The filmmaker Nathaniel Dorsky once said to me, “you look for the form that rises out of the material.” You have the material for your film, however you get it, and then when you get into the editing room, you look at what the material says to you. Then that’s the thing that arises out of that.

Yeah, that’s absolutely the truth, and it’s really important, the way that I work, to be playful and spontaneous. I never sit down and plan how a film is going to fit together. It’s all trial and error. That’s one of the great things about working that way; you juxtapose the most unexpected things, but then you get that sense that that’s just exactly right. I can’t even articulate exactly what it is that makes it right in most cases, but I just know when it’s done.

It’s poetry.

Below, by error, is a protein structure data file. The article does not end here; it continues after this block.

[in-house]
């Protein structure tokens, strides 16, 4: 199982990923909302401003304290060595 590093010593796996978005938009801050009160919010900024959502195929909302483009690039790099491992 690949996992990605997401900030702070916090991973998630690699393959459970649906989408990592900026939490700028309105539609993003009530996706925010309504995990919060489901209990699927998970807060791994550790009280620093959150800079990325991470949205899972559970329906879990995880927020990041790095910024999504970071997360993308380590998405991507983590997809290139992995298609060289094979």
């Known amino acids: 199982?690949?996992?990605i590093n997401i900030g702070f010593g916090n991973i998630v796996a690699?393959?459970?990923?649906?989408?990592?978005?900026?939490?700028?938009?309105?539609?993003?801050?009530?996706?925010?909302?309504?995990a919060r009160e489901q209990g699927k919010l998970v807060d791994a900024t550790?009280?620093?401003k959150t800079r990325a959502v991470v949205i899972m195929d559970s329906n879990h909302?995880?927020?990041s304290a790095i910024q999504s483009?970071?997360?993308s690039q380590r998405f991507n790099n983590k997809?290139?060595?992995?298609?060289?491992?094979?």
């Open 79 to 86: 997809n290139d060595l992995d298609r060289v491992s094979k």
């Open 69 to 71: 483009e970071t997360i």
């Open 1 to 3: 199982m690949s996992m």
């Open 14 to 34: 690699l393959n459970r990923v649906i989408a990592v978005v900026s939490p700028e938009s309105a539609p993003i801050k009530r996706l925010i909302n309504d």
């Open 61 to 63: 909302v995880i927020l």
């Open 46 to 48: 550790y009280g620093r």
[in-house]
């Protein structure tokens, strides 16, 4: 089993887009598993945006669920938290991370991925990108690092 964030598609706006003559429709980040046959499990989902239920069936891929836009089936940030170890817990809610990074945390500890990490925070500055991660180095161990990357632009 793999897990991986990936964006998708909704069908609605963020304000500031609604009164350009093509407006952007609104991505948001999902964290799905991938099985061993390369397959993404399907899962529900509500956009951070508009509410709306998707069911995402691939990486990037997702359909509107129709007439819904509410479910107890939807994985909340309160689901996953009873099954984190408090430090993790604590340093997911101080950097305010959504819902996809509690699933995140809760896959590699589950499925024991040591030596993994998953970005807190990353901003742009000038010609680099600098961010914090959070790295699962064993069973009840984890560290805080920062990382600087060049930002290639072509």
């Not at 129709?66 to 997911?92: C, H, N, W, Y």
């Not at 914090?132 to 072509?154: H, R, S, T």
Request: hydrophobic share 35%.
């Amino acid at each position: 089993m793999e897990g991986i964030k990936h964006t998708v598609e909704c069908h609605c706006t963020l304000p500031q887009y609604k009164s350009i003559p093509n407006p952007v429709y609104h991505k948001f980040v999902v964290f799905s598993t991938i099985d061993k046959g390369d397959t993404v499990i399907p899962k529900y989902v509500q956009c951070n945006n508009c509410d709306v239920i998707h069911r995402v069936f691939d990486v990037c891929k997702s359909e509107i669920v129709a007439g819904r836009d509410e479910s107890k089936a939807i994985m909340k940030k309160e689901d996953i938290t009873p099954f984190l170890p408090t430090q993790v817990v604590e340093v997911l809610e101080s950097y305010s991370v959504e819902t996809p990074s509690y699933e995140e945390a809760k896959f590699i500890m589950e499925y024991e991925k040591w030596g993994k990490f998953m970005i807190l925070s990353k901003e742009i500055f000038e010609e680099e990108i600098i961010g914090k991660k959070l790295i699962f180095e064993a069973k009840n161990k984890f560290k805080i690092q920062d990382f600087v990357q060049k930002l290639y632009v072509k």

It is, exactly.

This really comes through in your work. As one example, your film My Funny Valentine [2014] deals with a man cowering in the corner of a room, his face entirely disfigured by CGI manipulation. He’s done something — we don’t know what — and then the police come and take him away, while his neighbors look on impassively. It’s all fifties recycled footage, but what struck me most is that you seem to have such sympathy for this man.

Yeah, and a lot of that has to do with the footage that I worked with too. I become so familiar with the footage that I use, that I actually treat the people in them as if they’re actors, playing out a part. All of that stuff has to come together for it to work, and there’s certainly a lot of things I do that don’t work out. It’s a laborious process, but I love it.